From late April until early July, for example, when it was inevitable that Clinton would be the Democratic nominee, Sanders withheld his endorsement. By comparison, in the 2008 Democratic primaries, Clinton endorsed Obama in early June, as soon as it was clear he would be the party’s nominee. Think of the 2016 primaries as a game of chicken, in which both candidates wanted Clinton to have the full voting power of the party behind her, but disagreed about which policies she should take. For Clinton, the “swerve” in this game-theoretic model would have been to move toward a more progressive stance on certain policies; for Sanders, it would have been to endorse her without having any of his demands for more progressive policies met. Neither of them preferred to swerve, but would have rather done that than have her simply not receive his endorsement.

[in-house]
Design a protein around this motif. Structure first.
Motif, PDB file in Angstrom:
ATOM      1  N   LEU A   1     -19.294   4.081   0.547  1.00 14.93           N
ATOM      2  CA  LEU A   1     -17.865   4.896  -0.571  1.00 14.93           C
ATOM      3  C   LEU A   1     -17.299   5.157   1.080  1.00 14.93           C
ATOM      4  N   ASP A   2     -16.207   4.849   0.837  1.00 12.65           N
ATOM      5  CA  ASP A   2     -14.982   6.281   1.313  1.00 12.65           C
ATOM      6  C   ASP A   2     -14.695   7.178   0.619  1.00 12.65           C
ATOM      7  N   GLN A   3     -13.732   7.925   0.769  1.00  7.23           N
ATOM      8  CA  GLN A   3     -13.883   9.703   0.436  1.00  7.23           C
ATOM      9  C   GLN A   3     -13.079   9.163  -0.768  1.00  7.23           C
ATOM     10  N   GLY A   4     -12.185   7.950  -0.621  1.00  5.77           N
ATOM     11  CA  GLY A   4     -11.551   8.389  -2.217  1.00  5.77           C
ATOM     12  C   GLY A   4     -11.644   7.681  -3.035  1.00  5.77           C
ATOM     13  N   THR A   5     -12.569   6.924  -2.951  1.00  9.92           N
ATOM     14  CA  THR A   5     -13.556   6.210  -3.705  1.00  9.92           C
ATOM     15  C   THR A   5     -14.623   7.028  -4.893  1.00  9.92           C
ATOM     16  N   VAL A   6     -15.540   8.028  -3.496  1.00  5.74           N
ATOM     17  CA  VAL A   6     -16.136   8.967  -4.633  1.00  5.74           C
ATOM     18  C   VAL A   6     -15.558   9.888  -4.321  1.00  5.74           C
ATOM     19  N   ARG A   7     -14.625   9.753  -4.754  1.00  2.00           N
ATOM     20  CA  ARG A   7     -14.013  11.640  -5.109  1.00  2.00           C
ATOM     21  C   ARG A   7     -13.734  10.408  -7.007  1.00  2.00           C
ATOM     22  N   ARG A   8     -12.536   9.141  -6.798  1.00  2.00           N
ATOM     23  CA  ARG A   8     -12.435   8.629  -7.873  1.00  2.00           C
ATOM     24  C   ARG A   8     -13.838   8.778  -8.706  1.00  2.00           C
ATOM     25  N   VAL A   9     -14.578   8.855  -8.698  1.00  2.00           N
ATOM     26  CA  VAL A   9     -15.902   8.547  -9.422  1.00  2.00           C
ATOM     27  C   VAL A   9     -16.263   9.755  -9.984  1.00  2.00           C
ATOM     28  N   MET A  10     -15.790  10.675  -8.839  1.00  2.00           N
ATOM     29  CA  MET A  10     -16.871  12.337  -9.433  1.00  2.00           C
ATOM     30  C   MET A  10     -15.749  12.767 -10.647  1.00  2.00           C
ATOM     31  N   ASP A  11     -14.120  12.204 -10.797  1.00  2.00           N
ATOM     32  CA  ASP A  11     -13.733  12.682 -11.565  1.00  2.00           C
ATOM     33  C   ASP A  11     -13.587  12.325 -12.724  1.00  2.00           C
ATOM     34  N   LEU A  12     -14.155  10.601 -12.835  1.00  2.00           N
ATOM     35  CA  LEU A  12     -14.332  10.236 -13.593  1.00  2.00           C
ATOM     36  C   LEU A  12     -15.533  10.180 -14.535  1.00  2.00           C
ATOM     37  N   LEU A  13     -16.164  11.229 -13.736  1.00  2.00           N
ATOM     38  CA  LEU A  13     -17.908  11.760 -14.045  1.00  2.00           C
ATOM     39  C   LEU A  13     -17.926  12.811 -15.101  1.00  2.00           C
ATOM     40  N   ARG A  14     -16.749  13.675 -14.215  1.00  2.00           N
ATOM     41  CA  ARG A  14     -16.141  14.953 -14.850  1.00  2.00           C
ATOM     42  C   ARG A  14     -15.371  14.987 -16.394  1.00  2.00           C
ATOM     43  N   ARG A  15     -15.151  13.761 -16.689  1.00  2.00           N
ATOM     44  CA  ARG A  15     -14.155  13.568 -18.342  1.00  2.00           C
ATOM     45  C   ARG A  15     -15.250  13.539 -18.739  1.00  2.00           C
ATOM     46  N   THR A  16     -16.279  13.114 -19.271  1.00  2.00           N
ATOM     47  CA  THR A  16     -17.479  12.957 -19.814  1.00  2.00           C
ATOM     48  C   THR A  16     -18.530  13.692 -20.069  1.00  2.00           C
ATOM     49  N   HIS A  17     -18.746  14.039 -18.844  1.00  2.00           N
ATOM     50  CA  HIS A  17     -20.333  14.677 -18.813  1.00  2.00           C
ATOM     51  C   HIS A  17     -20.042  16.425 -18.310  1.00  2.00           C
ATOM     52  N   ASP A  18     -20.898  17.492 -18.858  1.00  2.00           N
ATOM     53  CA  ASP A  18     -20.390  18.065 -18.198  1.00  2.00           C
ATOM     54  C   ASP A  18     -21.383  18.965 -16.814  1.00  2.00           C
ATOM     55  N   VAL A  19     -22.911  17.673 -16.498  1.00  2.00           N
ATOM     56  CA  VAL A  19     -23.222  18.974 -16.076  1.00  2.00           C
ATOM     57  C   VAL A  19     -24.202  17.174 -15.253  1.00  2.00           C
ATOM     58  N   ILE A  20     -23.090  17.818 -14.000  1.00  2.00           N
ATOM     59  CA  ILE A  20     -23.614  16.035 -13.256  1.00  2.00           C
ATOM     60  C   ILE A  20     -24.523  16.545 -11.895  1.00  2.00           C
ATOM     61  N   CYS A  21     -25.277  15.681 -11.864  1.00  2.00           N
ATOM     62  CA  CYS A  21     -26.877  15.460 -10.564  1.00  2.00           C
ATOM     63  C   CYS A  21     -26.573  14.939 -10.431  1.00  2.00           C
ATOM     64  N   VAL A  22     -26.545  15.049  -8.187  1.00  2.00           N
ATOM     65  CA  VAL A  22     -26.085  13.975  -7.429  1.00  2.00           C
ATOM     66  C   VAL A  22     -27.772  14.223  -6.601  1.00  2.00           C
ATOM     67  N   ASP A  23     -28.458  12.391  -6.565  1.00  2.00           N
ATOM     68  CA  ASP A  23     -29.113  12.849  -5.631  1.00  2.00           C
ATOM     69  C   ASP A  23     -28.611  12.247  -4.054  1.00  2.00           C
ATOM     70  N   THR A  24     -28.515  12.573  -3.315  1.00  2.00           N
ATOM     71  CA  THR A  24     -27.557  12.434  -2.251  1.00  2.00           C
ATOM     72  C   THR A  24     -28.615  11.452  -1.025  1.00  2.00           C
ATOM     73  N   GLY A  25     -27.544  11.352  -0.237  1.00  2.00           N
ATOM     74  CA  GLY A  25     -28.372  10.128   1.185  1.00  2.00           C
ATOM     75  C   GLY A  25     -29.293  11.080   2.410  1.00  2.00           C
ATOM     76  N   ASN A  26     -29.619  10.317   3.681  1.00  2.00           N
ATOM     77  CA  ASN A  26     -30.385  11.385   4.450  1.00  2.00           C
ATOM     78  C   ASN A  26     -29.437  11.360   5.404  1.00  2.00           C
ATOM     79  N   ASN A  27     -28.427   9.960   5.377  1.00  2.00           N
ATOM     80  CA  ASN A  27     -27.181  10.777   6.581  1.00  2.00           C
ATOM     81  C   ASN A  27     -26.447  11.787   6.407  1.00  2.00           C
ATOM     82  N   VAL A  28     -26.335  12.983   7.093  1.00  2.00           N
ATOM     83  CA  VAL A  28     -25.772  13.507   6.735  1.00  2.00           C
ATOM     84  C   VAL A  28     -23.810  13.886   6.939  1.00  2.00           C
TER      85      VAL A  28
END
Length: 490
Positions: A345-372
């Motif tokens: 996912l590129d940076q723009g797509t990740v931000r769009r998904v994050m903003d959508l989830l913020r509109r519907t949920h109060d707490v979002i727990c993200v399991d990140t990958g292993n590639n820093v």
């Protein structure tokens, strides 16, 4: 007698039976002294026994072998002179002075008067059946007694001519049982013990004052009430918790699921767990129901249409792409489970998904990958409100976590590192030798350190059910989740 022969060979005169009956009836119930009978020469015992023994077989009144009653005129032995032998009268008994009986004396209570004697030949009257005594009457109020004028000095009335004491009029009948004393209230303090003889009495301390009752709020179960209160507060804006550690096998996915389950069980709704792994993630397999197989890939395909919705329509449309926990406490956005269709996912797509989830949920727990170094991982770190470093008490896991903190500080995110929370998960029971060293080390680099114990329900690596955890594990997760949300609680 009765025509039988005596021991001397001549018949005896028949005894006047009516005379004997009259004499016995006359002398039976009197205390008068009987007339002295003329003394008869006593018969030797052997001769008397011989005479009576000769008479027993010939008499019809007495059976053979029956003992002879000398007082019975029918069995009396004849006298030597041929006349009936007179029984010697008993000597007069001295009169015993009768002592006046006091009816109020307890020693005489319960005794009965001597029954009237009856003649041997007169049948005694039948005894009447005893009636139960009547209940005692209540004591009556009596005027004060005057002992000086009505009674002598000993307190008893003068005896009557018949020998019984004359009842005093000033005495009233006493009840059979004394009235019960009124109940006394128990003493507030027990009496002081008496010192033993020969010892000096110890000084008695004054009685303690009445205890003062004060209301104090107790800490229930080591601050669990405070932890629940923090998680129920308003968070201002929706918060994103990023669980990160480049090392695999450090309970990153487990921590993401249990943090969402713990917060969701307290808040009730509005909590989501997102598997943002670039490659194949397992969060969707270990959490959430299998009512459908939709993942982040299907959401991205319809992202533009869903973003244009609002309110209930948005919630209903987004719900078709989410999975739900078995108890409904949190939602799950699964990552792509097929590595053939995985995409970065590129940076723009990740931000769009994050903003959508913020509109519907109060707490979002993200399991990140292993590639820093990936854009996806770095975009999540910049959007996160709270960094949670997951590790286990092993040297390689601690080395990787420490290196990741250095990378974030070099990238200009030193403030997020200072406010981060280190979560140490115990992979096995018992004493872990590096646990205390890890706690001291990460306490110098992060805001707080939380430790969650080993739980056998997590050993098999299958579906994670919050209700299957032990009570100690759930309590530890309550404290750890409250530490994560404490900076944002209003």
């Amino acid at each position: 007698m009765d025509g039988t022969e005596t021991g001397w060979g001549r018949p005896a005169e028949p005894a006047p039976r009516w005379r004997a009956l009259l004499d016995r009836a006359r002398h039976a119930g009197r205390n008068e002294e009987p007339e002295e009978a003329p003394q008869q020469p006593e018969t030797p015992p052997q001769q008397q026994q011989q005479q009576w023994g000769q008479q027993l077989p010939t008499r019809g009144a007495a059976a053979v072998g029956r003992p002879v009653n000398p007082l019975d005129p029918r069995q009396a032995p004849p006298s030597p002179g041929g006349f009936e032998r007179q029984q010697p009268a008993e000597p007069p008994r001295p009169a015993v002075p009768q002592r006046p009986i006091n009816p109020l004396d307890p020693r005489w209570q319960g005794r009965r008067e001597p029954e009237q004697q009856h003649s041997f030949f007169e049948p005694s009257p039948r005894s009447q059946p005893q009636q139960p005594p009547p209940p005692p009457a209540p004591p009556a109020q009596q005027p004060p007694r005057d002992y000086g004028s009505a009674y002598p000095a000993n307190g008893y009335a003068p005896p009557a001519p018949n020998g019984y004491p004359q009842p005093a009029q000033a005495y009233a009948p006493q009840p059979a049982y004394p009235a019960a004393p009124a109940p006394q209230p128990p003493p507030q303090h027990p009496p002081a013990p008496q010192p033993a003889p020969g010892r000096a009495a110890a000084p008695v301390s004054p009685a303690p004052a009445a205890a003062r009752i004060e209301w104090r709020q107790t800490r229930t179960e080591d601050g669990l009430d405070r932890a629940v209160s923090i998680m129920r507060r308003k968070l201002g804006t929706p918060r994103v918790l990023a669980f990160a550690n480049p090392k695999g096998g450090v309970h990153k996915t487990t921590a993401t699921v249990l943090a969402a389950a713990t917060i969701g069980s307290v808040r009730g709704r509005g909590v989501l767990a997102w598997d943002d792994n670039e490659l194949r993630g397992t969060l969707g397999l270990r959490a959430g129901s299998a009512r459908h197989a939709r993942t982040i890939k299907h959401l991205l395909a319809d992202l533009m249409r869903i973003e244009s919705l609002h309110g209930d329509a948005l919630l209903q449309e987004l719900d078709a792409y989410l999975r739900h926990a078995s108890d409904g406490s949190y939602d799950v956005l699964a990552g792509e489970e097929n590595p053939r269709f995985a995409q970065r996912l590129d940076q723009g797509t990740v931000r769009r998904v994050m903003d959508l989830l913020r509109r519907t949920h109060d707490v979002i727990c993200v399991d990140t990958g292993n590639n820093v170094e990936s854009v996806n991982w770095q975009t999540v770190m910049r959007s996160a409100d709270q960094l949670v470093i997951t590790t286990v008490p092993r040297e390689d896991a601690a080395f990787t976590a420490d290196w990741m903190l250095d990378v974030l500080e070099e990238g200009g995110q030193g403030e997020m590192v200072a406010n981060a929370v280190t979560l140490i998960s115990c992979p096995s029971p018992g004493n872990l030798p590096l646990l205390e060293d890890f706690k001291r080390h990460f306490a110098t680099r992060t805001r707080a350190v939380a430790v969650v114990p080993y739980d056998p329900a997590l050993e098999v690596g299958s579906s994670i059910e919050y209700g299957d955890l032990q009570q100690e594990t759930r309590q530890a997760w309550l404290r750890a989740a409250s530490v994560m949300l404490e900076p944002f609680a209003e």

In an MSNBC interview on April 25, Sanders suggested that it was Clinton’s responsibility to win over his supporters. He responded rather deliberately to a question regarding whether his campaign would support whoever clinched the nomination, saying: “We are not a movement where I can snap my fingers and say to you or to anybody else what you should do, because you won’t listen to me. You shouldn’t. You’ll make these decisions yourself.” By empowering voters to make their own decisions, he forced Clinton to chase after their votes by shifting her policies, as opposed to simply securing his endorsement. He forced Hillary to swerve—to the left, instead of the usual rightward turn to the center that the Democratic